blood group antigen

blood group an·ti·gen

generic term for any inherited antigen found on the surface of erythrocytes that determines a blood grouping reaction with specific antiserum; antigens of the ABO and Lewis blood groups may be found also in saliva and other body fluids; the genes controlling development of blood group antigens vary in frequency in different population and ethnic groups. See also Blood Groups Appendix.

blood group an·ti·gen

(blŭd grūp an'ti-jen)
Generic term for any inherited antigen found on the surface of erythrocytes that determines a blood grouping reaction with specific antiserum; antigens of the ABO and Lewisblood groups may be found also in saliva and other body fluids.
References in periodicals archive ?
ACKR1 was identified as a blood group antigen that was expressed on the human red blood cell surface in 1950 (22).
We would like to emphasize that comparing these observations in humans and pigs may not be appropriate, since pigs have a single RH gene, no polymorphism in the coding region of the gene has been identified and therefore, it does not appear to represent a blood group antigen for pigs [41].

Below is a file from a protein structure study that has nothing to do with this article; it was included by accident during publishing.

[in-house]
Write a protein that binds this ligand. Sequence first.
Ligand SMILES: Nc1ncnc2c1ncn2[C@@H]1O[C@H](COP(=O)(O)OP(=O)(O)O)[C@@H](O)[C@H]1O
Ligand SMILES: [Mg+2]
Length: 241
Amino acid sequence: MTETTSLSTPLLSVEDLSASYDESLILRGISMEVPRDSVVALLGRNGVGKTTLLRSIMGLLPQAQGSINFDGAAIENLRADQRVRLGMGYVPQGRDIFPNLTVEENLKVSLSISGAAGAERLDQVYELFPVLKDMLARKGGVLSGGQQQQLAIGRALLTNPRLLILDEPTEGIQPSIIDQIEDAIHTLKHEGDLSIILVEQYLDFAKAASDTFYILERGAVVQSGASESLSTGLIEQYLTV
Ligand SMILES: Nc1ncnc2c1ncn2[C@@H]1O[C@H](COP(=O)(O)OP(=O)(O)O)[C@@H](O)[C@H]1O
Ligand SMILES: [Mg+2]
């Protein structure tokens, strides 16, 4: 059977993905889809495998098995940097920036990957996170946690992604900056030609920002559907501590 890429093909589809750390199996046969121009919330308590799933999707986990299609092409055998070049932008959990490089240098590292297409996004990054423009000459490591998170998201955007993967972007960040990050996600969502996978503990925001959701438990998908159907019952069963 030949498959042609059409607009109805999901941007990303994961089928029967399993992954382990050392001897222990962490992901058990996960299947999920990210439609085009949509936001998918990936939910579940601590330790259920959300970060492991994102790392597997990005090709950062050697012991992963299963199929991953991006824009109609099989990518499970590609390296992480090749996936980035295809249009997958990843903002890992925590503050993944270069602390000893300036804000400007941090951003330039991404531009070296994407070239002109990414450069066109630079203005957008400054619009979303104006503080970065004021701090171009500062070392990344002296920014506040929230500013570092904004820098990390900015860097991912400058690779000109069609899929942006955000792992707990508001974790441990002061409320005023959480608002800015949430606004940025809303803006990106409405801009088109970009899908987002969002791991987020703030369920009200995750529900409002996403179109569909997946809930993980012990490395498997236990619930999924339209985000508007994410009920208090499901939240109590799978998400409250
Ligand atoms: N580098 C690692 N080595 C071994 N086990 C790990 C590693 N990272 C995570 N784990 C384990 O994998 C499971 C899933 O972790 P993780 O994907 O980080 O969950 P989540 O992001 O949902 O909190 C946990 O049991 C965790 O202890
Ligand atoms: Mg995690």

Prevalence of Diego blood group antigen and the antibody in three ethnic population groups in Klang valley of Malaysia.
Among the secretor phenotype-positive rotavirus patients, no blood group antigen nor P or G genotypes (in feces specimens) were significantly overrepresented.
It is standard practice, as an additional safety check, for hospital transfusion services to re-test the blood group antigen status of blood units received into their inventory.
In contrast, the A blood group antigen, comprised of blood types A and AB, appears to be protective against diminished ovarian reserve.
The expression of blood group antigen alters during the process of cell differentiation and malignancy.
Therefore success of blood transfusion requires compatibility of two main blood group antigen systems, ABO and Rh.
Expression of the H type 1 blood group antigen during enterocytic differentiation of Caco-2 cells.
Their study shows that cells from rare individuals (Ay 1 in a million) who produce excess of this blood group antigen have dramatically reduced sensitivity to HIV infection.
5] This discovery suggested that individuals with the A blood group antigen may be more susceptible to H.
Owing to the independent inheritance of the human leukocyte antigen (HLA) and blood group antigen (ABO) systems, it is possible that a highly HLA-matched solid organ may be ABO incompatible.